When Golden Agri told the RSPO it could not find enough land for plasma in Kapuas Hulu, the Forest Peoples Programme also made repeated suggestions it could provide it from its own estate. Golden Agri declined, on the grounds that its bank loans and permits made it “virtually impossible” to do so.
There could be another reason for companies to avoid this option: it would cost them.
In a 2018 memo to Singapore’s stock exchange, the plantation conglomerate Sawit Sumbermas Sarana acknowledged that it was not compliant with Indonesian plasma regulations and might have to hand over some of its own plantation to communities. Doing so, the firm wrote, “could have a material adverse effect on our business, financial condition, results of operations and prospects.”
The consumer goods firms that hoover up thousands of tonnes of palm oil each year and shuffle it onto supermarket shelves have promised to root out “exploitation” of people from their supply chains.
These commitments have been driven by years of pressure by activists and journalists presenting evidence of oil palm plantation firms annexing community lands and committing labour rights abuses. But when it comes to plasma, the palm oil buyers appear to have a blind spot.
We compared the most recent disclosures published by these consumer goods firms on their Indonesian suppliers with our database of public allegations linked to plasma. This indicates that more than a dozen major consumer goods firms have sourced palm oil from producers alleged to have withheld plasma, or the profits from plasma, from communities over the past eight years.
They were also connected to cases that were the focus of our investigation. Johnson & Johnson and Kellogg’s, for example, buy palm oil from the company that owns the plantation in Tebing Tinggi. The make-up manufacturer Avon bought from the mill that processes fruit produced on Suku Anak Dalam land.
In response to our findings Avon stated that it “will take action to investigate further”.
Johnson & Johnson wrote that they “take these allegations very seriously” and had initiated their grievance process. Kellogg’s said the company would investigate the allegations and “coordinate with our suppliers to determine next steps”.
Meanwhile, a dozen firms — including PepsiCo, Unilever and Nestlé — report that they are sourcing from the Golden Agri plantation that was shut down by a local politician in March 2022, after failing to provide plasma for more than a decade.
We presented a summary of our findings to these palm oil buyers, highlighting their supply chain connections to specific cases we had examined in depth, and to a larger number of cases in our database.
In response, the buyers pointed to their existing policies aimed at protecting human rights and eliminating "exploitation" from their supply chains. Some noted that they required their suppliers to comply with the law. They said they engage with their suppliers when potential violations of these policies are brought to their attention, and would do so for the cases identified in our article.
Some of the buyers acknowledged that the problems went beyond the individual cases our investigation identified. Reckitt wrote that the findings “suggest potential systemic problems” that “require further investigation and coordinated action by various public and private stakeholders to address”.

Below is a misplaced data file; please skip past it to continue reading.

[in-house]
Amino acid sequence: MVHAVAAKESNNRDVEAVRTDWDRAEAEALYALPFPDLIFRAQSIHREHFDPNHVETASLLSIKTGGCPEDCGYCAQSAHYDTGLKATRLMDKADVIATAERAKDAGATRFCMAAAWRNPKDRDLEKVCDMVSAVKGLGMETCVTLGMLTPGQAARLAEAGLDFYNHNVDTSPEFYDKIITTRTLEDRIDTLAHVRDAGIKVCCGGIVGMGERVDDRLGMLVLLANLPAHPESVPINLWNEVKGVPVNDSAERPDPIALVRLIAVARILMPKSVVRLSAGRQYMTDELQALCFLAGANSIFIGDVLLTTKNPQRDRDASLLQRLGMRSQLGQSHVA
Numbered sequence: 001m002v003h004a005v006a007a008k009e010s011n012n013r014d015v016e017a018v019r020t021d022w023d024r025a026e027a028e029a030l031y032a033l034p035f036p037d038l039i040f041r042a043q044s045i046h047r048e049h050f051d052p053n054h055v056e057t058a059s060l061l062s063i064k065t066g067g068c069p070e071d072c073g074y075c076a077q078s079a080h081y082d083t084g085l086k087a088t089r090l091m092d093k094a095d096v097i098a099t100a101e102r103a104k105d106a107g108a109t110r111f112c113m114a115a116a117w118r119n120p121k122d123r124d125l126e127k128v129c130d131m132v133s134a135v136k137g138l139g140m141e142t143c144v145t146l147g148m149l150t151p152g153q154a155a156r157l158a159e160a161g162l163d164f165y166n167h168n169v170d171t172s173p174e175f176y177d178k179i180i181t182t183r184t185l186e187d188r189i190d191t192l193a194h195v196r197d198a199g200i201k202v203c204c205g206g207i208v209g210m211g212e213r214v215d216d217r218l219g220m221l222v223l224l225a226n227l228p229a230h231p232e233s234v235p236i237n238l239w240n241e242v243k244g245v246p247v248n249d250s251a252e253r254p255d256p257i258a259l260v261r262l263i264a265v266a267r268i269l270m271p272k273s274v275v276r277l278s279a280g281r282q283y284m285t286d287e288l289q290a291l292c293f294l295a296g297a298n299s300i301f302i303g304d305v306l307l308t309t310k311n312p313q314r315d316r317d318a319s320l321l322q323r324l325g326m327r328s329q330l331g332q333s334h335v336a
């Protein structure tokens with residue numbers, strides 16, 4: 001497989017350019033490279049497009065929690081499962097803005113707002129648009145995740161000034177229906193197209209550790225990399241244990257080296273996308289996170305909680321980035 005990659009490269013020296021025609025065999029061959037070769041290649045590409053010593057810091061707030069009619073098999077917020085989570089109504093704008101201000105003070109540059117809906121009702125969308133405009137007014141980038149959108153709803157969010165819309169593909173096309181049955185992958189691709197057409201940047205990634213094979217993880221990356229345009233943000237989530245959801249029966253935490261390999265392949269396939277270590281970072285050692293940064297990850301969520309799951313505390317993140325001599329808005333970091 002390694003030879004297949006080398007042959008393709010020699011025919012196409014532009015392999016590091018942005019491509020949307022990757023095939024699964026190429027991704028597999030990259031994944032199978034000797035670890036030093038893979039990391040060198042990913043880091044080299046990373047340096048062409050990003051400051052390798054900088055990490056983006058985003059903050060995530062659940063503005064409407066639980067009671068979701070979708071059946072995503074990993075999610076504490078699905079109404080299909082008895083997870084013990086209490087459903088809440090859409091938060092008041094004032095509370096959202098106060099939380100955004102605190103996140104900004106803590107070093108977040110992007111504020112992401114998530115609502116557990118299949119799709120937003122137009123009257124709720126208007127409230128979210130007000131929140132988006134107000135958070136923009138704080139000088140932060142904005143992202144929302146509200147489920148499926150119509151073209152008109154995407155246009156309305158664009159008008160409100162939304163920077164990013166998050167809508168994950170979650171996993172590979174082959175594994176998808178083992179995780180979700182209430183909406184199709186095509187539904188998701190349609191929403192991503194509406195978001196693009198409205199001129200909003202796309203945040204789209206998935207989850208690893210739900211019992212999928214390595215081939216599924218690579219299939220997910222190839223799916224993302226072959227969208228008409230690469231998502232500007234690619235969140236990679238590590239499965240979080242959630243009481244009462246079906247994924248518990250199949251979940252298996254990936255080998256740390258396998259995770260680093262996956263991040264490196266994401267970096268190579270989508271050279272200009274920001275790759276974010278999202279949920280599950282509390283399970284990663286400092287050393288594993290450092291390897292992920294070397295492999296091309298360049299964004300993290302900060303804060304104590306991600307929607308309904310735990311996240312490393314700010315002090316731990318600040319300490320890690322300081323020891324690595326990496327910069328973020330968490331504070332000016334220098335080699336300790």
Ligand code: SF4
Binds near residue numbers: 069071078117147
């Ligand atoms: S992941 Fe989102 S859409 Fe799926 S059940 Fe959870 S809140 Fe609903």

Four companies committed to broader efforts to determine and mitigate their exposure to problems with plasma. Colgate-Palmolive, for example, stated that “the failure of compliance with plasma commitments represents a wider systemic issue”. It stated that the company would develop a due diligence process to check its suppliers were providing sufficient plasma, and monitor whether they were able to “identify and address community conflicts linked to unfulfilled plasma obligations.”
For more details of the consumer goods firms’ responses, click here.
Djayu Sukma Ifantara, the activist from West Kalimantan, said palm oil buyers offered communities an important means of pressuring plantation firms where the government had failed to act. “For now, it’s the best way,” he said. “The buyers have to open their eyes, open their mind about these conflicts, and find the right solution.”
However, Djayu noted the limitations of these methods. Pushing disputes through international buyers takes a lot of time, he said, and could not solve the most fundamental problems. If communities wanted their land back, for example, it would require government intervention.
“The solution has to come from the government,” he said. “It’s their responsibility, their obligation, mandated by the law of Indonesia.”
In a plantation in North Musi Rawas, one day last year, Siti Maninah’s hands reached through the weeds to feel for the bright orange fruitlets that lay on the ground.
On a good day, Siti, one of the elders of the Suku Anak Dalam, will gather up 10 kilograms to sell to the mill. That will be enough for her to feed her family for the day.
Most days they get enough, but other days they go without. She worries what will become of the tribe’s children when they grow older, with their ancestral land controlled by London Sumatra.
“We can’t stand this life anymore,” she said. “We want our land returned to us as soon as possible.”